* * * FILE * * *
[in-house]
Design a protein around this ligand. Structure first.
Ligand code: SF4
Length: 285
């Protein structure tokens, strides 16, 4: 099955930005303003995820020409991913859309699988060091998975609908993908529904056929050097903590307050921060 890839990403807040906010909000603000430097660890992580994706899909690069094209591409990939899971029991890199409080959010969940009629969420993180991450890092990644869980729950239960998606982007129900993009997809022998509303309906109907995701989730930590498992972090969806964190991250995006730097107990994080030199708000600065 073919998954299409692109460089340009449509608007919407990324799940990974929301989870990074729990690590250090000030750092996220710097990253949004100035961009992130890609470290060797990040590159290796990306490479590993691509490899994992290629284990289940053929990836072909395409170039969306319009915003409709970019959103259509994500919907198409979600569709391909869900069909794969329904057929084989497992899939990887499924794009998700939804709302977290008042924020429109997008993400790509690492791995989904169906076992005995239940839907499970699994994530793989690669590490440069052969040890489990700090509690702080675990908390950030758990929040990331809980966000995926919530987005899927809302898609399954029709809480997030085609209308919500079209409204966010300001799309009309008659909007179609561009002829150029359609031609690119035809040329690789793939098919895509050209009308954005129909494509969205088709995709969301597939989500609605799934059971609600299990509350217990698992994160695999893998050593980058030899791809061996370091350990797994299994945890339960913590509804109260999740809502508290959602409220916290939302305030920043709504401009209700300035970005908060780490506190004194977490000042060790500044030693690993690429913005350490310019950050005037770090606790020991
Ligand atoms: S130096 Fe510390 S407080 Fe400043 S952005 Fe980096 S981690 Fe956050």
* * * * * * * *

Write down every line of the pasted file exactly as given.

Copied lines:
[in-house]
Design a protein around this ligand. Structure first.
Ligand code: SF4
Length: 285
């Protein structure tokens, strides 16, 4: 099955930005303003995820020409991913859309699988060091998975609908993908529904056929050097903590307050921060 890839990403807040906010909000603000430097660890992580994706899909690069094209591409990939899971029991890199409080959010969940009629969420993180991450890092990644869980729950239960998606982007129900993009997809022998509303309906109907995701989730930590498992972090969806964190991250995006730097107990994080030199708000600065 073919998954299409692109460089340009449509608007919407990324799940990974929301989870990074729990690590250090000030750092996220710097990253949004100035961009992130890609470290060797990040590159290796990306490479590993691509490899994992290629284990289940053929990836072909395409170039969306319009915003409709970019959103259509994500919907198409979600569709391909869900069909794969329904057929084989497992899939990887499924794009998700939804709302977290008042924020429109997008993400790509690492791995989904169906076992005995239940839907499970699994994530793989690669590490440069052969040890489990700090509690702080675990908390950030758990929040990331809980966000995926919530987005899927809302898609399954029709809480997030085609209308919500079209409204966010300001799309009309008659909007179609561009002829150029359609031609690119035809040329690789793939098919895509050209009308954005129909494509969205088709995709969301597939989500609605799934059971609600299990509350217990698992994160695999893998050593980058030899791809061996370091350990797994299994945890339960913590509804109260999740809502508290959602409220916290939302305030920043709504401009209700300035970005908060780490506190004194977490000042060790500044030693690993690429913005350490310019950050005037770090606790020991
Ligand atoms: S130096 Fe510390 S407080 Fe400043 S952005 Fe980096 S981690 Fe956050």